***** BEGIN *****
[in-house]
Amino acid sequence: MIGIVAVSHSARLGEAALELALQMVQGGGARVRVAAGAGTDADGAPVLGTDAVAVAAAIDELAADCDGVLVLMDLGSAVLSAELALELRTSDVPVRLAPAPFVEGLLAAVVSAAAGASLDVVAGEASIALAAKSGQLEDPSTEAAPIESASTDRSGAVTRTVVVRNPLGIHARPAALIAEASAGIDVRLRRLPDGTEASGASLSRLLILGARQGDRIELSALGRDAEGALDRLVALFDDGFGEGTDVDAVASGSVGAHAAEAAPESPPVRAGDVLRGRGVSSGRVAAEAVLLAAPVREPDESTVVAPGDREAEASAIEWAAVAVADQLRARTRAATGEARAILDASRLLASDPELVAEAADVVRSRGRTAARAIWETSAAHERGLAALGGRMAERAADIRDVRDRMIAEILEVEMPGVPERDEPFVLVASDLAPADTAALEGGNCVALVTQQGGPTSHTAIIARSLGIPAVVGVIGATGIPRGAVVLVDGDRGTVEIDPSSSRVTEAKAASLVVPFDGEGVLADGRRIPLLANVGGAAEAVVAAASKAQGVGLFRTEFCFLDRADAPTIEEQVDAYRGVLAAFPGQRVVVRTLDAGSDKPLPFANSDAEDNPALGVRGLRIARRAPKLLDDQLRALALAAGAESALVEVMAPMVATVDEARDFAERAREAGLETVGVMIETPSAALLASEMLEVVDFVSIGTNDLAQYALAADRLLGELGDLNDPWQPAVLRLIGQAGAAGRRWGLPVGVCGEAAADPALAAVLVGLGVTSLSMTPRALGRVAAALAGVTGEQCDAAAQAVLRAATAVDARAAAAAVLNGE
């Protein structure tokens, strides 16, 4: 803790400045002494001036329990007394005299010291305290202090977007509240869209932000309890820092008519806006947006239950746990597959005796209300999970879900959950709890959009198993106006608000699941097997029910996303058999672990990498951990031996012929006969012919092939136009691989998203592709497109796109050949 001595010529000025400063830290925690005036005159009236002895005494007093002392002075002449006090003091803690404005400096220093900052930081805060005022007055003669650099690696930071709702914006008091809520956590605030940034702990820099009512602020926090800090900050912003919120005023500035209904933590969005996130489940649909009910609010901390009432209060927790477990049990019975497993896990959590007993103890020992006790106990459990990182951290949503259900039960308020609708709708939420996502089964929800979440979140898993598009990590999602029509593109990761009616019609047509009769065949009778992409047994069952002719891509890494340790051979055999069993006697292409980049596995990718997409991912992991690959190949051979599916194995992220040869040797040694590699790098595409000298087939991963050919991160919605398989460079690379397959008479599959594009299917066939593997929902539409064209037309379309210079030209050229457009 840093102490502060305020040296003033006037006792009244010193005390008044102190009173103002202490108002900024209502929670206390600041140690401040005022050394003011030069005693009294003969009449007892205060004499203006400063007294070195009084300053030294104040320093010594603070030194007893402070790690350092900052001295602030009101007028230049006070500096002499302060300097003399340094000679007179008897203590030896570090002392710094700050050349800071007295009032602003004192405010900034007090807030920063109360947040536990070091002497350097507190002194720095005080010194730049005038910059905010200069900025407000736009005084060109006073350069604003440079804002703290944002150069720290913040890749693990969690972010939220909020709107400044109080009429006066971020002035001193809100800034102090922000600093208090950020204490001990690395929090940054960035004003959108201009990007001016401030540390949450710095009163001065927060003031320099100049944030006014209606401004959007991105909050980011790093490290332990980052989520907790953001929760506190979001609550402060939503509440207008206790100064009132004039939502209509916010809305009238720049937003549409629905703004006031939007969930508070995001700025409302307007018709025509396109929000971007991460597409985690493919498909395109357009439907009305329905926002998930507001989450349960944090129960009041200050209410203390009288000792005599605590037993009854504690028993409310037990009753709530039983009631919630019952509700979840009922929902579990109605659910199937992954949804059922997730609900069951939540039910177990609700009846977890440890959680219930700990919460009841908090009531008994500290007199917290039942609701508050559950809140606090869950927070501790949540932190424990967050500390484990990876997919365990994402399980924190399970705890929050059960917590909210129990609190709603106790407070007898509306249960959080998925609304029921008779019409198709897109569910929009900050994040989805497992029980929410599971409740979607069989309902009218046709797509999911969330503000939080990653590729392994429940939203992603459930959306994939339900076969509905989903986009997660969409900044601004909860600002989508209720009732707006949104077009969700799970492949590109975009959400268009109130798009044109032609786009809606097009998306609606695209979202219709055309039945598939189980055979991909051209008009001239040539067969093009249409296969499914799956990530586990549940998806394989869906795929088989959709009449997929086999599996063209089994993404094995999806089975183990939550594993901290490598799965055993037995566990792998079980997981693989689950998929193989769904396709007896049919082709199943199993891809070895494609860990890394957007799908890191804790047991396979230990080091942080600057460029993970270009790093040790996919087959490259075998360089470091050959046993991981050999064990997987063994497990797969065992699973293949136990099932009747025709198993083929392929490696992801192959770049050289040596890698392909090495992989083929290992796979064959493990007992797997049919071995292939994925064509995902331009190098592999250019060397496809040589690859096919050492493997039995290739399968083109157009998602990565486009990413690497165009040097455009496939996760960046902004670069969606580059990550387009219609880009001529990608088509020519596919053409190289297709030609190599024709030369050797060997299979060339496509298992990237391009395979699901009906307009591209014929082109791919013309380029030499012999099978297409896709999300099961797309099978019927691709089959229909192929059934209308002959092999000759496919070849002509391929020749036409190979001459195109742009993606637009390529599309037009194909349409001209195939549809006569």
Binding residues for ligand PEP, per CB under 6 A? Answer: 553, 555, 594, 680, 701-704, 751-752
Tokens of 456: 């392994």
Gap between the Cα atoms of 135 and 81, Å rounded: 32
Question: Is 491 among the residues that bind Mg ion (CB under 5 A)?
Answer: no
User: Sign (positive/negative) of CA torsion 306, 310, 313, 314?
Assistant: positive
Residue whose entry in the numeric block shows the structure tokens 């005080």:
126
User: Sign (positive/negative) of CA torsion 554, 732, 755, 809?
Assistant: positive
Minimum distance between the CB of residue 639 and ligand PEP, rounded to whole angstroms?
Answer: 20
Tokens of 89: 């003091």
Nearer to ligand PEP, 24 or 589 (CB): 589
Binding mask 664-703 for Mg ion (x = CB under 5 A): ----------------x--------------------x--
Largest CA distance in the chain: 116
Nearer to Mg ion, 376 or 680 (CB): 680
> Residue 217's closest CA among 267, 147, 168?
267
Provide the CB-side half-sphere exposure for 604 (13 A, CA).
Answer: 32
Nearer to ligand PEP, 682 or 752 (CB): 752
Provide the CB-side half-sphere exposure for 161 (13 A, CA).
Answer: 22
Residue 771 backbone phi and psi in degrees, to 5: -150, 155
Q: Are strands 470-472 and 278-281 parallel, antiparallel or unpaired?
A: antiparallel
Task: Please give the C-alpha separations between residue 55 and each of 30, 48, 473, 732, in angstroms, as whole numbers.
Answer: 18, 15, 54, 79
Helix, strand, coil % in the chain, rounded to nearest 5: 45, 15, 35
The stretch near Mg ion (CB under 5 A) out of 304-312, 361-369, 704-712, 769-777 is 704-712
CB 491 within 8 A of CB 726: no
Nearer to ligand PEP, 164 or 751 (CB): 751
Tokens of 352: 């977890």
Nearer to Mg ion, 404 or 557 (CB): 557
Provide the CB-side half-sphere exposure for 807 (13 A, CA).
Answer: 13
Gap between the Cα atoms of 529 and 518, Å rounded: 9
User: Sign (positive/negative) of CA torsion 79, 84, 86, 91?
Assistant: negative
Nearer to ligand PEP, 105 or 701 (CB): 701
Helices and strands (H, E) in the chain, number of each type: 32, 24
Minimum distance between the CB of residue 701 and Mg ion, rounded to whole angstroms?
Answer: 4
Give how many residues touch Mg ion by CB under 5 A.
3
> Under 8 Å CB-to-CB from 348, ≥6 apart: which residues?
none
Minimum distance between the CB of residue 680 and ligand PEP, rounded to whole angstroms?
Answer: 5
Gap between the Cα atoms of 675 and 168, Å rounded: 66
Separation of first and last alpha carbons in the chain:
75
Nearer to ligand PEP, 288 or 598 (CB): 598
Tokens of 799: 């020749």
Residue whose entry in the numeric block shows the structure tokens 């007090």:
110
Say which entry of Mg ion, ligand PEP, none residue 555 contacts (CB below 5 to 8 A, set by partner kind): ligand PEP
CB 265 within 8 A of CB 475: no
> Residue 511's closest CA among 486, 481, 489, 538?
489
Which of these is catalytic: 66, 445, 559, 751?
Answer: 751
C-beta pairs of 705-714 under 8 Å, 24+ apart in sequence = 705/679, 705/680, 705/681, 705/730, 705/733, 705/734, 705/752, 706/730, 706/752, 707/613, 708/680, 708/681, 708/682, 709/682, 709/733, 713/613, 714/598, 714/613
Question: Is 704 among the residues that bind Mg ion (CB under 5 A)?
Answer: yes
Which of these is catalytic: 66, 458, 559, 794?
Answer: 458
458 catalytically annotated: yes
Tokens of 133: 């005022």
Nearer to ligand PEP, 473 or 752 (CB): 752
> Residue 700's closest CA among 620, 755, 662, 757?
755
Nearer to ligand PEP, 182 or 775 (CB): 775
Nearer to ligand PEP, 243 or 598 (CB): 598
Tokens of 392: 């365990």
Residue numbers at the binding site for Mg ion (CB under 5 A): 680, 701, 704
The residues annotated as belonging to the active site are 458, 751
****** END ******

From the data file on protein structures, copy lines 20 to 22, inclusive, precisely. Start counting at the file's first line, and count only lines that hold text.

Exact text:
Largest CA distance in the chain: 116
Nearer to Mg ion, 376 or 680 (CB): 680
> Residue 217's closest CA among 267, 147, 168?